New issue

Have a question about this project? Sign up for a free GitHub account to open an issue and contact its maintainers and the community.

By clicking “Sign up for GitHub”, you agree to our terms of service and privacy statement. We’ll occasionally send you account related emails.

Already on GitHub? Sign in to your account

Add a script to compare two compilers. #17

Merged
merged 4 commits into from Sep 29, 2016

Conversation

Projects
None yet
4 participants
@nnethercote
Contributor

nnethercote commented Sep 28, 2016

This commit adds a new script, compare.py, that can be used to compared the
speed of two compilers. Example output:

futures-rs-test  4.689s vs  4.668s --> 1.004x faster (variance: 1.001x, 1.008x)
helloworld       0.232s vs  0.230s --> 1.007x faster (variance: 1.009x, 1.012x)
html5ever-2016-  7.670s vs  7.669s --> 1.000x faster (variance: 1.008x, 1.009x)
hyper.0.5.0      5.304s vs  5.308s --> 0.999x faster (variance: 1.007x, 1.005x)
inflate-0.1.0    4.849s vs  4.884s --> 0.993x faster (variance: 1.019x, 1.009x)
issue-32062-equ  0.400s vs  0.396s --> 1.009x faster (variance: 1.014x, 1.021x)
issue-32278-big  1.872s vs  1.833s --> 1.022x faster (variance: 1.021x, 1.018x)
jld-day15-parse  1.903s vs  1.875s --> 1.015x faster (variance: 1.006x, 1.002x)
piston-image-0. 12.910s vs 12.932s --> 0.998x faster (variance: 1.010x, 1.006x)
regex.0.1.30     2.622s vs  2.629s --> 0.997x faster (variance: 1.020x, 1.018x)
rust-encoding-0  3.269s vs  3.245s --> 1.007x faster (variance: 1.022x, 1.022x)
syntex-0.42.2    0.240s vs  0.242s --> 0.992x faster (variance: 1.011x, 1.004x)
syntex-0.42.2-i 48.252s vs 48.070s --> 1.004x faster (variance: 1.011x, 1.006x)

In support of this, the commit also does the following.

  • Clarifies the meaning of the touch target. It now touches or removes
    files in such a way that subsequent make invocations will rebuild
    just the crate of interest for each benchmark. Most of the touch
    targets required changing to achieve this.
  • Replaces use of the CARGO_BUILD environment variable with
    CARGO_RUSTC_OPTS. This means that all makefiles are now more uniform
    -- they now all invoke cargo rust directly, and none of them
    specify -Ztime-passes -Zinput-stats. The commit also updates
    appropriately process.sh for this change.
  • Uses cargo clean more extensively in makefile clean targets.
  • Adds .PHONY declarations to all makefiles missing them. It can't
    hurt.
  • Rewrites README.md to reflect all the above changes, and to remove
    outdated and incorrect information.
@nnethercote

This comment has been minimized.

Show comment
Hide comment
@nnethercote

nnethercote Sep 28, 2016

Contributor

Some comments about the patch.

  • I'm unsure about the Cargo.lock changes. They happened automatically. Is this ok?
  • syntex is currently measuring the compilation speed of the last crate, which is trivial. (See the 0.240s time in the previous comment.) I'm pretty sure this is true for the perf.rust-lang.org runs as well. Doesn't seem right -- surely we want to measure the speed of the second last crate, which is the big slow one?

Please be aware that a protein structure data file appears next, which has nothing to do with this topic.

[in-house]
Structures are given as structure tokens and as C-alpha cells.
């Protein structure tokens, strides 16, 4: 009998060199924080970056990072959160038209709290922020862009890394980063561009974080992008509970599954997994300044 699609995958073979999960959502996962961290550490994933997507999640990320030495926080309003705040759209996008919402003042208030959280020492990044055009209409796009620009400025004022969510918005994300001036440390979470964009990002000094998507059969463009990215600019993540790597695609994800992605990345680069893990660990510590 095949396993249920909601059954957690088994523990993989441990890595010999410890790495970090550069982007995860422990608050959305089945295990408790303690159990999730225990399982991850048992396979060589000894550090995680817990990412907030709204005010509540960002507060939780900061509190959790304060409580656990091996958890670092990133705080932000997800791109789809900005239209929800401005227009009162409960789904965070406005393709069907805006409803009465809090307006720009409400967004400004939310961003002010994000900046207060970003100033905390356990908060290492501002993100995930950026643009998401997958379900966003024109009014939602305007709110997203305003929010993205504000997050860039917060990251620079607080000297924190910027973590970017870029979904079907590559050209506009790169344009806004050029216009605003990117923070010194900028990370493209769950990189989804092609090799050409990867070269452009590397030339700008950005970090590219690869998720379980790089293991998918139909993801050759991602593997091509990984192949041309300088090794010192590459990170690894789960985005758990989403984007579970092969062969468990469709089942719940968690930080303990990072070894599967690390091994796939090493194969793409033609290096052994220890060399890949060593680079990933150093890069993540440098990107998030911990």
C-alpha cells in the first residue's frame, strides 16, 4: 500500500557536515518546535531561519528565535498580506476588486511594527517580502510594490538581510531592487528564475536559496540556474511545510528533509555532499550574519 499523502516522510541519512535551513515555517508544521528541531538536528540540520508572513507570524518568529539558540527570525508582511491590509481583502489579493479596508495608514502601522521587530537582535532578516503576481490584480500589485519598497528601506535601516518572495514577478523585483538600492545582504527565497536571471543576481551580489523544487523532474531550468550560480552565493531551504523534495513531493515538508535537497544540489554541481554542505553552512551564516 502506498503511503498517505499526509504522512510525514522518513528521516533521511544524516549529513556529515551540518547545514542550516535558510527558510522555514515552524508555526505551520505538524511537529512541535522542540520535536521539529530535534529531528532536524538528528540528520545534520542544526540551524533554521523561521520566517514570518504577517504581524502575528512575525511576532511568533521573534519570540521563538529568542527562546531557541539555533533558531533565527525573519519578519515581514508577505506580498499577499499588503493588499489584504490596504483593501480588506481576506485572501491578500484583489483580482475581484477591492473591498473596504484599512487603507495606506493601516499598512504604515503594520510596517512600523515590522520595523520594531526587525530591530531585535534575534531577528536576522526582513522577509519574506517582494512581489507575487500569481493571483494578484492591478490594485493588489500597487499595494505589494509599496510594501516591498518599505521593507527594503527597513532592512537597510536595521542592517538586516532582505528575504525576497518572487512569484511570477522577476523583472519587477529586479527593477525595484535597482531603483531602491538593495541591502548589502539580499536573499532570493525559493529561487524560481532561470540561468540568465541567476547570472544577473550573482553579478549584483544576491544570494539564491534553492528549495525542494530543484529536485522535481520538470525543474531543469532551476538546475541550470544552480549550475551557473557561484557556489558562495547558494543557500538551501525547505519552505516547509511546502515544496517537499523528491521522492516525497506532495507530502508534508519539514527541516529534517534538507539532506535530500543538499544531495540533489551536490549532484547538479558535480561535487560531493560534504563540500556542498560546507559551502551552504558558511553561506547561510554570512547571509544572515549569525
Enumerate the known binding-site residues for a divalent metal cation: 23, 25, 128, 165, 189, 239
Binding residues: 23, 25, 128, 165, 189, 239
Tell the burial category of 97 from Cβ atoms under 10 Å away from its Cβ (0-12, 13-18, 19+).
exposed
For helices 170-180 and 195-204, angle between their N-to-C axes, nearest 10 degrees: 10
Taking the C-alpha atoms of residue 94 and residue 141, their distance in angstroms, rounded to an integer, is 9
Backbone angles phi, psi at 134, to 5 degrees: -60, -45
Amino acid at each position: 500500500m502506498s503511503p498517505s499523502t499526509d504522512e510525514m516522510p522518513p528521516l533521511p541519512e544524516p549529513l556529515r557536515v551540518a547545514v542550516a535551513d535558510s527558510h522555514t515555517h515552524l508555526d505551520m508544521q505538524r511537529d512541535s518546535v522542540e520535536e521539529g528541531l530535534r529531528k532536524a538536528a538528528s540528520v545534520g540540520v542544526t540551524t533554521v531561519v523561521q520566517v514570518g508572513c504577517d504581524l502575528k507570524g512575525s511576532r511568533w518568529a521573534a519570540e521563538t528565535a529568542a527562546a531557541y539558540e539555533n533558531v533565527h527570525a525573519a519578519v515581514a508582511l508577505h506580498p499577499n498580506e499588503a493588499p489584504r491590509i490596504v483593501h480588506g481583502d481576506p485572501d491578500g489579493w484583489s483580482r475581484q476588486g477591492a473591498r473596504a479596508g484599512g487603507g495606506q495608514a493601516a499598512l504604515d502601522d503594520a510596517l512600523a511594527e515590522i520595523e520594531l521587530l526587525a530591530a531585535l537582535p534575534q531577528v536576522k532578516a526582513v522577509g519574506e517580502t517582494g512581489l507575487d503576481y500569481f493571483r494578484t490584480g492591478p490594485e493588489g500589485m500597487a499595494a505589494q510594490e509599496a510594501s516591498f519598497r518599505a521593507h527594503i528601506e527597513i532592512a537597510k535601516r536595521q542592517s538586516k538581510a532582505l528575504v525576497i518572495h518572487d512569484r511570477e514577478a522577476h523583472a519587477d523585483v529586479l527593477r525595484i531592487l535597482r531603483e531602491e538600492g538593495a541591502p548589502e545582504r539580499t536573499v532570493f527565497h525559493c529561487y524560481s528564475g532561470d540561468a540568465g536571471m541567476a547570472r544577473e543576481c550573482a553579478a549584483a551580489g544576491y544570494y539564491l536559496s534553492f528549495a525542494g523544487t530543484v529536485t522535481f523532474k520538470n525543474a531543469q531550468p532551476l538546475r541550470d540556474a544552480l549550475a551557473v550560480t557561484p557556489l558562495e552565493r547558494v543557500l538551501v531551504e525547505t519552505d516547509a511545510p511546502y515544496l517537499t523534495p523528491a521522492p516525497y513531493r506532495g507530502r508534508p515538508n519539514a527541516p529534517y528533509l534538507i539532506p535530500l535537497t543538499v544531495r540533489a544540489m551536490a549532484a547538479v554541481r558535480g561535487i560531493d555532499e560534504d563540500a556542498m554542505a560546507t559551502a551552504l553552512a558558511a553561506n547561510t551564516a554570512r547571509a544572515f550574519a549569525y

• syntex-incr, in contrast, is measuring the time taken to compile all crates thanks to the cargo clean used for its touch target. At least, that's what's measured by compare.py... process.sh is still measuring just the last, trivial crate, because that's the only crate for which the -Ztime-passes output is produced.
    These syntax problems need working out.
Contributor

nnethercote commented Sep 28, 2016

Some comments about the patch.

  • I'm unsure about the Cargo.lock changes. They happened automatically. Is this ok?
  • syntex is currently measuring the compilation speed of the last crate, which is trivial. (See the 0.240s time in the previous comment.) I'm pretty sure this is true for the perf.rust-lang.org runs as well. Doesn't seem right -- surely we want to measure the speed of the second last crate, which is the big slow one?
  • syntex-incr, in contrast, is measuring the time taken to compile all crates thanks to the cargo clean used for its touch target. At least, that's what's measured by compare.py... process.sh is still measuring just the last, trivial crate, because that's the only crate for which the -Ztime-passes output is produced.
    These syntax problems need working out.
@nnethercote

This comment has been minimized.

Show comment
Hide comment
@nnethercote

nnethercote Sep 28, 2016

Contributor

@nrc confirmed on IRC that perf.rust-lang.org has been measuring compilation time for the trivial crate for syntex ever since it got added on 2016-08-14.

Contributor

nnethercote commented Sep 28, 2016

@nrc confirmed on IRC that perf.rust-lang.org has been measuring compilation time for the trivial crate for syntex ever since it got added on 2016-08-14.

@Mark-Simulacrum

This comment has been minimized.

Show comment
Hide comment
@Mark-Simulacrum

Mark-Simulacrum Sep 28, 2016

Contributor

cc @nikomatsakis for the syntex/syntax problem; he might be able to clarify what was intended, though I suspect you're right.

Contributor

Mark-Simulacrum commented Sep 28, 2016

cc @nikomatsakis for the syntex/syntax problem; he might be able to clarify what was intended, though I suspect you're right.

@Mark-Simulacrum

Looks great other than the one thing, which isn't required by any means.

I suspect the Cargo.lock changes are because you are using a non-nightly cargo, at least for the removal of checksums; once the Cargo.lock is changed I suspect the libc crate updated of its own accord. Not too important.

Show outdated Hide outdated compare.py
'regex.0.1.30',
'rust-encoding-0.3.0',
'syntex-0.42.2',
'syntex-0.42.2-incr-clean',

This comment has been minimized.

@Mark-Simulacrum

Mark-Simulacrum Sep 28, 2016

Contributor